Friday, May 27, 2022
HomeNewsHousingOwners of empty homes could pay double council tax

Owners of empty homes could pay double council tax

Owners of empty homes in Southwark will be forced to pay double council tax after it was discovered over 500 properties are currently unoccupied in the borough.

While nearly 20,000 people wait to be housed by the council, it was revealed last week that 536 private homes in the borough have been sitting empty for at least two years.

Tessa Jowell, who has recently put affordable housing at the centre of her campaign to become London Mayor told the News there should be “no loopholes and no excuses” for owners of empty homes in Southwark.

“Absentee owners should live in the house they own or sell up. If they don’t they should face uncapped charges until they do,” she said.

The MP for Dulwich and West Norwood also echoed concerns raised by the Southwark Liberal Democrats when they tabled the motion to raise council tax for empty home owners, saying that luxury developments in Southwark are encouraging foreign investors to purchase ‘buy  to leave’ properties.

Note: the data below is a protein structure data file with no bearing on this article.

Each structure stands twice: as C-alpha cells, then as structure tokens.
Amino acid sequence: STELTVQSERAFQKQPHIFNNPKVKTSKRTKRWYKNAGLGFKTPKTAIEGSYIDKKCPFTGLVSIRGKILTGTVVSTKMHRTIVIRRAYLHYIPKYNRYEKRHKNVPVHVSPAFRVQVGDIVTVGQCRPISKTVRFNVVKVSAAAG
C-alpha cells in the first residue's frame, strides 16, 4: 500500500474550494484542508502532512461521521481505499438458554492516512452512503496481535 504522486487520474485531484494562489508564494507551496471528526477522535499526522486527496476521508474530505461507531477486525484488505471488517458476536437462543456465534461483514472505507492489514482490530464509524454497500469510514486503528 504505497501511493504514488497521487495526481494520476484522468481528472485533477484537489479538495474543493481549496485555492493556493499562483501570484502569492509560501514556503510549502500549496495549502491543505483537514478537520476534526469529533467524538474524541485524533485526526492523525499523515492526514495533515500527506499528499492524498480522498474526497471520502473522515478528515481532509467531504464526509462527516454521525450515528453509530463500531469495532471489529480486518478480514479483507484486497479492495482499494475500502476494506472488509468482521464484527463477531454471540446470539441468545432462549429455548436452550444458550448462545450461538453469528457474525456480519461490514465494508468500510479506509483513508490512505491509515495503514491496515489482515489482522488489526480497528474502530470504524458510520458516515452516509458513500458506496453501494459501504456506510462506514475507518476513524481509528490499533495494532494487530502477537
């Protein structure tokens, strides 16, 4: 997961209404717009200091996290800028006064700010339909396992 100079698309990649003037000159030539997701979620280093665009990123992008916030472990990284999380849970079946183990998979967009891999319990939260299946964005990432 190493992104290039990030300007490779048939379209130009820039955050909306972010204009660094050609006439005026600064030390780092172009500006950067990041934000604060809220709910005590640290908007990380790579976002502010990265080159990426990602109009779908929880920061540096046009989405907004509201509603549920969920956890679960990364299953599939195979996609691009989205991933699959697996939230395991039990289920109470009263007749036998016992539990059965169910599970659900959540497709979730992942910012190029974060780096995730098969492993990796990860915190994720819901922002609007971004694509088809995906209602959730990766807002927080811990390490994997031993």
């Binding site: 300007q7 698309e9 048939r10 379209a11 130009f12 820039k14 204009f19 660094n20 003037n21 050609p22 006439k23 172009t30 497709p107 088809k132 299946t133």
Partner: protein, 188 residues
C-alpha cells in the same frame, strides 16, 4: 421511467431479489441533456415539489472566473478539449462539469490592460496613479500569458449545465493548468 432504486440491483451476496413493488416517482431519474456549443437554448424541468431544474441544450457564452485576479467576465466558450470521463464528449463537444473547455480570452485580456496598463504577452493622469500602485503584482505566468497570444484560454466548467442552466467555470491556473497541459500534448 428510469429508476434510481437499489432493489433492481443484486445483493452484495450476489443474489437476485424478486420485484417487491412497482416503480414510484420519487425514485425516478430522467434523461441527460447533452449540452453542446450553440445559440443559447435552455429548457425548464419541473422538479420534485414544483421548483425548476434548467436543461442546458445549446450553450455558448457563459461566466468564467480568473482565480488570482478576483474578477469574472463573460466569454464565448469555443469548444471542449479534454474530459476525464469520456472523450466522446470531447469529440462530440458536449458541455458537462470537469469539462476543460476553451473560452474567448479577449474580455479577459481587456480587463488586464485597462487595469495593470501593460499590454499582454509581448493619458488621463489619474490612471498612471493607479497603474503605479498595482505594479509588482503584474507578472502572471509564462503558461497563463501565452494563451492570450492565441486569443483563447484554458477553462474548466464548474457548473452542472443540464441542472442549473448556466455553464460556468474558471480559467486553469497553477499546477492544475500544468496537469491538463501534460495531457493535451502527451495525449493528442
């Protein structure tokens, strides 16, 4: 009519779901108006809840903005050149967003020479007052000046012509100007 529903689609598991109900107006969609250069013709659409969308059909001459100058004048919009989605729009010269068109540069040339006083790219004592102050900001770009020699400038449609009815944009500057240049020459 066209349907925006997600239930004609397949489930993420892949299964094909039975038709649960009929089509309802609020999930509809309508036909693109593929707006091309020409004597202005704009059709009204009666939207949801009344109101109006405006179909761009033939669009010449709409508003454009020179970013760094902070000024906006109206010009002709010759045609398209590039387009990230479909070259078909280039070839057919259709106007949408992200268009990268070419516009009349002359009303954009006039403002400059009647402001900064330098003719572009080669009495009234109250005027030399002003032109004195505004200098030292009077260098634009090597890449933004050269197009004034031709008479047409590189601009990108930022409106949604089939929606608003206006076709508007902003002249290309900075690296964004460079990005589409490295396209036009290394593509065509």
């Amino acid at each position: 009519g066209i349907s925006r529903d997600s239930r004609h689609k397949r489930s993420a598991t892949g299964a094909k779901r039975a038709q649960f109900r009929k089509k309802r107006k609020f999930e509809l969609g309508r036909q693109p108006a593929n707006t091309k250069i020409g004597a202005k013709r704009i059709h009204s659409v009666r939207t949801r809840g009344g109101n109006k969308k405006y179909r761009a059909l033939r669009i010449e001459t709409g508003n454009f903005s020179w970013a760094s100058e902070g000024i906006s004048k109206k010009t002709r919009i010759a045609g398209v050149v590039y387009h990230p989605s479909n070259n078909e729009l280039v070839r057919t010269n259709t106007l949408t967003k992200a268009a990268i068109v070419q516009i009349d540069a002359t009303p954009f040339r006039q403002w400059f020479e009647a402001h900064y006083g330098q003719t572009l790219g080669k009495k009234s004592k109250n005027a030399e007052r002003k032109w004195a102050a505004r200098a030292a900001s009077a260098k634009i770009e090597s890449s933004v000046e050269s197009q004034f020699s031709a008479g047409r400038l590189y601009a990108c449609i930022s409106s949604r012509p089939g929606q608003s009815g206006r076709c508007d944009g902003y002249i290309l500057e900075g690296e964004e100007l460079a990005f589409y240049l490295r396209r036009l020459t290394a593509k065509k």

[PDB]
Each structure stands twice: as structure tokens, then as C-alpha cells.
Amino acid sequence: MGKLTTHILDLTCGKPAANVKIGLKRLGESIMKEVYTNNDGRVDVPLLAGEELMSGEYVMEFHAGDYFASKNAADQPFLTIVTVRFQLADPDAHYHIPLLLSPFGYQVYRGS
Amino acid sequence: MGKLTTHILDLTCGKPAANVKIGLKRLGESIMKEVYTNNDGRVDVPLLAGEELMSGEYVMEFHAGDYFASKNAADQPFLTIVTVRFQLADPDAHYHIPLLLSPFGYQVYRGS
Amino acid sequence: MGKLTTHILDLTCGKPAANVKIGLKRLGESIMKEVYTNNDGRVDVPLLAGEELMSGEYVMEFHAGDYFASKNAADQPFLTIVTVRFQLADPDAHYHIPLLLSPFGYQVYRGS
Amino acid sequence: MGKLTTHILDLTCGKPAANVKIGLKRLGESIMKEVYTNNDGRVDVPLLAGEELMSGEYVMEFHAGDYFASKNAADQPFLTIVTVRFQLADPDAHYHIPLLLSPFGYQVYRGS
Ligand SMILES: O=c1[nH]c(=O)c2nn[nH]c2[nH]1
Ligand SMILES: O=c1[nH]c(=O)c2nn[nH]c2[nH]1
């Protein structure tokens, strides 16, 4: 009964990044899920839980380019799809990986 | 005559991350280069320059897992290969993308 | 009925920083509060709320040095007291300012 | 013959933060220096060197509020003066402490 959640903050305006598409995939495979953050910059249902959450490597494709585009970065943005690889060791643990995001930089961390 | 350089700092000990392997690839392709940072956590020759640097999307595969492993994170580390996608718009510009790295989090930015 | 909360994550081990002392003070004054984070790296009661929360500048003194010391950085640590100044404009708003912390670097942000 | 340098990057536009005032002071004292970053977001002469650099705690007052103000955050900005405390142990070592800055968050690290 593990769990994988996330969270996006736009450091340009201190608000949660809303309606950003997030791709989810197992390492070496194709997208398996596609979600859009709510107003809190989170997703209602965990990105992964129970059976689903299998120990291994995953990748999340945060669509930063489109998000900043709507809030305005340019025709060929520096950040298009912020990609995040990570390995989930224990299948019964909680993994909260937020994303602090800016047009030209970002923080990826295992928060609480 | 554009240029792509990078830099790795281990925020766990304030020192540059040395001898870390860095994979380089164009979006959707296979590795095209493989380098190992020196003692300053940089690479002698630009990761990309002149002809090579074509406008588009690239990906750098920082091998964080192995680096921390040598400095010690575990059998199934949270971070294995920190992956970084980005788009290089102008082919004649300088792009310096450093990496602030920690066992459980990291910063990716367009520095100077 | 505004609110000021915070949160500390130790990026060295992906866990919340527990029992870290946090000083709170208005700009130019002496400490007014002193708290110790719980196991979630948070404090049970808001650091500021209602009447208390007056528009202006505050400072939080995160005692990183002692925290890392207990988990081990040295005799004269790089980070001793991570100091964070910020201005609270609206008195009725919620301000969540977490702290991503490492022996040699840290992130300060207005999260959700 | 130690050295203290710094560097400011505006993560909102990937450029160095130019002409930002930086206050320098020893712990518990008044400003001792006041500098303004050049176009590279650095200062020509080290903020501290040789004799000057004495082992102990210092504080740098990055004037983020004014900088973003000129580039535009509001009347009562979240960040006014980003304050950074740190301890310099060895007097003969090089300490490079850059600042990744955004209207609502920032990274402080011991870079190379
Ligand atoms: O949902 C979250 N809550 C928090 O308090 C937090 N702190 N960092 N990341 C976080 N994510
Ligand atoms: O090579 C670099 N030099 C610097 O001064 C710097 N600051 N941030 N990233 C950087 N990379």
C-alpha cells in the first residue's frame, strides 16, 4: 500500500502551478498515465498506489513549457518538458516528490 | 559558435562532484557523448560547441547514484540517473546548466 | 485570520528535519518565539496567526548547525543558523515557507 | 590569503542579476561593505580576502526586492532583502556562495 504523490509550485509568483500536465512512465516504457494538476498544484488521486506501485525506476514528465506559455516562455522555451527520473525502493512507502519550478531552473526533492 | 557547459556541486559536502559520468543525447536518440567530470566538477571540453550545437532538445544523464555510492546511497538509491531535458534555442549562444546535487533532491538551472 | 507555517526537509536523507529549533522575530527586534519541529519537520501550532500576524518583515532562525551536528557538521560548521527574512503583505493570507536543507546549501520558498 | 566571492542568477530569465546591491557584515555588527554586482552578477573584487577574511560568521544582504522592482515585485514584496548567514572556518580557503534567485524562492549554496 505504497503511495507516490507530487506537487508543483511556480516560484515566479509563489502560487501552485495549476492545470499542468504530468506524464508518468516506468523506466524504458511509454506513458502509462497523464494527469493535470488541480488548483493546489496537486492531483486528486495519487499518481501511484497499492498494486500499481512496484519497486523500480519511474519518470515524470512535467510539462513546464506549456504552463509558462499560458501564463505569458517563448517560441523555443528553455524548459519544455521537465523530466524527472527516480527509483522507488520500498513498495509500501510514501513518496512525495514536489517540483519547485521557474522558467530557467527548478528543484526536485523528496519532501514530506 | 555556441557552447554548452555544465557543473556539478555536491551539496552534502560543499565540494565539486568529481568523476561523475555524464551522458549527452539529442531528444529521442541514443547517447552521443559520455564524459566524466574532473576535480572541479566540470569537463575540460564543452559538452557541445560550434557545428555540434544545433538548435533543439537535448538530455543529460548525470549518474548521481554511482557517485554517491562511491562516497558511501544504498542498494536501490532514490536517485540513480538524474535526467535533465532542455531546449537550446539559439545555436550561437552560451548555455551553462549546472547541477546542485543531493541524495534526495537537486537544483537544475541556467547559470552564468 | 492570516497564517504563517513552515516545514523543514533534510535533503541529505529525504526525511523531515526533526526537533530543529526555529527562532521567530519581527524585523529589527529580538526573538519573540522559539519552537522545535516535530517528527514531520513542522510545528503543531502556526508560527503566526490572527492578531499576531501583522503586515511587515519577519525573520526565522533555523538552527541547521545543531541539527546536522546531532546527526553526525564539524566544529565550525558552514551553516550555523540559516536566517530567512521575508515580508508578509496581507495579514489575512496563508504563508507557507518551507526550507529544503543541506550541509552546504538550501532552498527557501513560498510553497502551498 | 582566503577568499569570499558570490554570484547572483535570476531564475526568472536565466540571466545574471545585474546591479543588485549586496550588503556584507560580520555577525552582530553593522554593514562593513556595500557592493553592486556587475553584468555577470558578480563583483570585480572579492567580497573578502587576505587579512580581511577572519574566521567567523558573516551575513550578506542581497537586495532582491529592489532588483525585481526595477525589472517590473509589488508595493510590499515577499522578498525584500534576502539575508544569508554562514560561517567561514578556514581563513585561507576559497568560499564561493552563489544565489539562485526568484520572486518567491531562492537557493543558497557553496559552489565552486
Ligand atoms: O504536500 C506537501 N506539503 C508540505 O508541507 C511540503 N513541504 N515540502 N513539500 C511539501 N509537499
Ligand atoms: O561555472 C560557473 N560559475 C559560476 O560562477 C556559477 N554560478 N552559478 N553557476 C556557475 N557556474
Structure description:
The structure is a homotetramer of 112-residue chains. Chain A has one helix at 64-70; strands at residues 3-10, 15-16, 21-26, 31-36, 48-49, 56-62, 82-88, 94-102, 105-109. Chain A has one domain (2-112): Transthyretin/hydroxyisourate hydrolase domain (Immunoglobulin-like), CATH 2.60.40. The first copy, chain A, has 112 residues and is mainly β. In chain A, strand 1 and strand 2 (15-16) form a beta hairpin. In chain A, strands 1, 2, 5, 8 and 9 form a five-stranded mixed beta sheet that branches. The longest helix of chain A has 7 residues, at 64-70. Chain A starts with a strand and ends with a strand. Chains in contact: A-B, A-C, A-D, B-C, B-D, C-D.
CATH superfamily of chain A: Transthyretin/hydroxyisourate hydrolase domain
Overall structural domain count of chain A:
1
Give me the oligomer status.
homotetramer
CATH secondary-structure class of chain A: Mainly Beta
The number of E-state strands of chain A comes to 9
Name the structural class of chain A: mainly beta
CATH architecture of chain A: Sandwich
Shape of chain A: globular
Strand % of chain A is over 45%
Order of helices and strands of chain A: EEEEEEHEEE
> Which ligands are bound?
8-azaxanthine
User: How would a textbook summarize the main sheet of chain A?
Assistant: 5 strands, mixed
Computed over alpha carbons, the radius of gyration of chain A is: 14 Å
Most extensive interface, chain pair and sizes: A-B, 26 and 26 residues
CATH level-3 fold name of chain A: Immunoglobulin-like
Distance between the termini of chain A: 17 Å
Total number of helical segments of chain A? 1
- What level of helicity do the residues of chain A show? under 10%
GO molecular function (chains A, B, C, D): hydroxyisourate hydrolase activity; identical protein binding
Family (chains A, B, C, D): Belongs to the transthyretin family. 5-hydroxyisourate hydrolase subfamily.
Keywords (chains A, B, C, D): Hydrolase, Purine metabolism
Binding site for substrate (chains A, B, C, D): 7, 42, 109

“It cannot be right that the global super rich buy London homes like they are gold bars, as assets to appreciate rather than homes in which to live, whilst so many are unable to find a decent home,” she said

“Here in Southwark hundreds of homes have been lying empty for years, whilst at the same time thousands of people are stuck in temporary accommodation, on social housing waiting lists, or years of saving short of buying their first home. That has to change,” she added.

To clamp down on empty home owners, the council approved a motion to charge 200 percent council tax – up from the current 150 percent – after a property has been unoccupied for one year, instead of two.

This is not a new problem to Southwark. In 2013 the council released figures showing that 2,668 private sector properties were vacant and 853 of those had been empty for more than six months.

Council leader, Peter John, said Southwark has been quick to act, though, and was one of the first councils in the country to set a higher rate of council tax for second and long-term empty homes when it was introduced in 2013.

“We think more could be done to tackle empty homes, which is why we are supporting calls for local authorities to be given more powers to tackle long-term empty homes, and we are reviewing all current exemptions to explore whether we can increase the number of empty homes in the borough that are charged council tax,” said Cllr John.

“However tackling empty homes on its own won’t solve the housing crisis that is happening across London, which is why in Southwark we are also committed to building more new homes of every type, including 1,500 new council homes which will be delivered by 2018.”


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